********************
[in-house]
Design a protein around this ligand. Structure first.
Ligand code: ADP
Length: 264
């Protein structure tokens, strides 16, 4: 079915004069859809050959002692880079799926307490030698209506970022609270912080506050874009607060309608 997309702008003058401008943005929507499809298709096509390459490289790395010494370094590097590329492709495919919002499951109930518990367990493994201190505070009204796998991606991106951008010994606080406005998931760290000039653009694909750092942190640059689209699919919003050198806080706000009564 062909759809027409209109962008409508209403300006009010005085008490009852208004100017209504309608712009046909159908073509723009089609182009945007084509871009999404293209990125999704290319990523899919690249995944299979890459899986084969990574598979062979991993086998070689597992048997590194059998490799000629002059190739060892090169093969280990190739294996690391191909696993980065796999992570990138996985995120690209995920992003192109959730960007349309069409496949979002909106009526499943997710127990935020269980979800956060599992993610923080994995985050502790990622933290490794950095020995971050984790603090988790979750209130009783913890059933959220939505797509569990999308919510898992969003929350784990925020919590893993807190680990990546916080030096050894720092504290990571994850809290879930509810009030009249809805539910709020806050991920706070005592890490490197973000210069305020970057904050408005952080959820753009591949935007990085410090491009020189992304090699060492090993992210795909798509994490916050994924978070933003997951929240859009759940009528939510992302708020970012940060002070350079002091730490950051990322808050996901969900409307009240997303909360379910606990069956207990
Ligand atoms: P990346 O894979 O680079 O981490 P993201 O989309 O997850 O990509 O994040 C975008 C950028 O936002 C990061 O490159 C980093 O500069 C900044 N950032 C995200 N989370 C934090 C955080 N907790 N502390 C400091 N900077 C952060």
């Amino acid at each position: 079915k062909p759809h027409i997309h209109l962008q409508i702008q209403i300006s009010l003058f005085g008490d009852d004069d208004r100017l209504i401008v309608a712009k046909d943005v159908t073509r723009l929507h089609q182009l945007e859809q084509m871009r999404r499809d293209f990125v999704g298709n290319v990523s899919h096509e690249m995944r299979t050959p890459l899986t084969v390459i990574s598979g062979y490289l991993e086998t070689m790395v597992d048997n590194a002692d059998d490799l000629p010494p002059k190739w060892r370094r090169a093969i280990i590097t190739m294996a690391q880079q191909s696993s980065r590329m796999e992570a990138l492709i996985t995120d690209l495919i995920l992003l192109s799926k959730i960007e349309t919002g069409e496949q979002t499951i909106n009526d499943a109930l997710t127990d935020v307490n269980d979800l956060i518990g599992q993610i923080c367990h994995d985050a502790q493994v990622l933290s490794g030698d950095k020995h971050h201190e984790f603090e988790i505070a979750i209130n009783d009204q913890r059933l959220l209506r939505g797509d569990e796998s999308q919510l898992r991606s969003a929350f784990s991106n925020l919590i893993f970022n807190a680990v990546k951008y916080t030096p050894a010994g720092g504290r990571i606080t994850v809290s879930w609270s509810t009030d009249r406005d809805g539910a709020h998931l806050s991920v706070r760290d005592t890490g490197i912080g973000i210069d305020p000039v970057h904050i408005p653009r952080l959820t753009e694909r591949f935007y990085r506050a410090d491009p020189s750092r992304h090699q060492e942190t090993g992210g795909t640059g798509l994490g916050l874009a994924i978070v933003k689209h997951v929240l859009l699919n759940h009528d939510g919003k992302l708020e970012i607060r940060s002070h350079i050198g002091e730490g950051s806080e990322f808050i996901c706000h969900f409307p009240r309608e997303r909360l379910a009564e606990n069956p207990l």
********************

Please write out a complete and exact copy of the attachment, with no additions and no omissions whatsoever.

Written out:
[in-house]
Design a protein around this ligand. Structure first.
Ligand code: ADP
Length: 264
């Protein structure tokens, strides 16, 4: 079915004069859809050959002692880079799926307490030698209506970022609270912080506050874009607060309608 997309702008003058401008943005929507499809298709096509390459490289790395010494370094590097590329492709495919919002499951109930518990367990493994201190505070009204796998991606991106951008010994606080406005998931760290000039653009694909750092942190640059689209699919919003050198806080706000009564 062909759809027409209109962008409508209403300006009010005085008490009852208004100017209504309608712009046909159908073509723009089609182009945007084509871009999404293209990125999704290319990523899919690249995944299979890459899986084969990574598979062979991993086998070689597992048997590194059998490799000629002059190739060892090169093969280990190739294996690391191909696993980065796999992570990138996985995120690209995920992003192109959730960007349309069409496949979002909106009526499943997710127990935020269980979800956060599992993610923080994995985050502790990622933290490794950095020995971050984790603090988790979750209130009783913890059933959220939505797509569990999308919510898992969003929350784990925020919590893993807190680990990546916080030096050894720092504290990571994850809290879930509810009030009249809805539910709020806050991920706070005592890490490197973000210069305020970057904050408005952080959820753009591949935007990085410090491009020189992304090699060492090993992210795909798509994490916050994924978070933003997951929240859009759940009528939510992302708020970012940060002070350079002091730490950051990322808050996901969900409307009240997303909360379910606990069956207990
Ligand atoms: P990346 O894979 O680079 O981490 P993201 O989309 O997850 O990509 O994040 C975008 C950028 O936002 C990061 O490159 C980093 O500069 C900044 N950032 C995200 N989370 C934090 C955080 N907790 N502390 C400091 N900077 C952060």
């Amino acid at each position: 079915k062909p759809h027409i997309h209109l962008q409508i702008q209403i300006s009010l003058f005085g008490d009852d004069d208004r100017l209504i401008v309608a712009k046909d943005v159908t073509r723009l929507h089609q182009l945007e859809q084509m871009r999404r499809d293209f990125v999704g298709n290319v990523s899919h096509e690249m995944r299979t050959p890459l899986t084969v390459i990574s598979g062979y490289l991993e086998t070689m790395v597992d048997n590194a002692d059998d490799l000629p010494p002059k190739w060892r370094r090169a093969i280990i590097t190739m294996a690391q880079q191909s696993s980065r590329m796999e992570a990138l492709i996985t995120d690209l495919i995920l992003l192109s799926k959730i960007e349309t919002g069409e496949q979002t499951i909106n009526d499943a109930l997710t127990d935020v307490n269980d979800l956060i518990g599992q993610i923080c367990h994995d985050a502790q493994v990622l933290s490794g030698d950095k020995h971050h201190e984790f603090e988790i505070a979750i209130n009783d009204q913890r059933l959220l209506r939505g797509d569990e796998s999308q919510l898992r991606s969003a929350f784990s991106n925020l919590i893993f970022n807190a680990v990546k951008y916080t030096p050894a010994g720092g504290r990571i606080t994850v809290s879930w609270s509810t009030d009249r406005d809805g539910a709020h998931l806050s991920v706070r760290d005592t890490g490197i912080g973000i210069d305020p000039v970057h904050i408005p653009r952080l959820t753009e694909r591949f935007y990085r506050a410090d491009p020189s750092r992304h090699q060492e942190t090993g992210g795909t640059g798509l994490g916050l874009a994924i978070v933003k689209h997951v929240l859009l699919n759940h009528d939510g919003k992302l708020e970012i607060r940060s002070h350079i050198g002091e730490g950051s806080e990322f808050i996901c706000h969900f409307p009240r309608e997303r909360l379910a009564e606990n069956p207990l």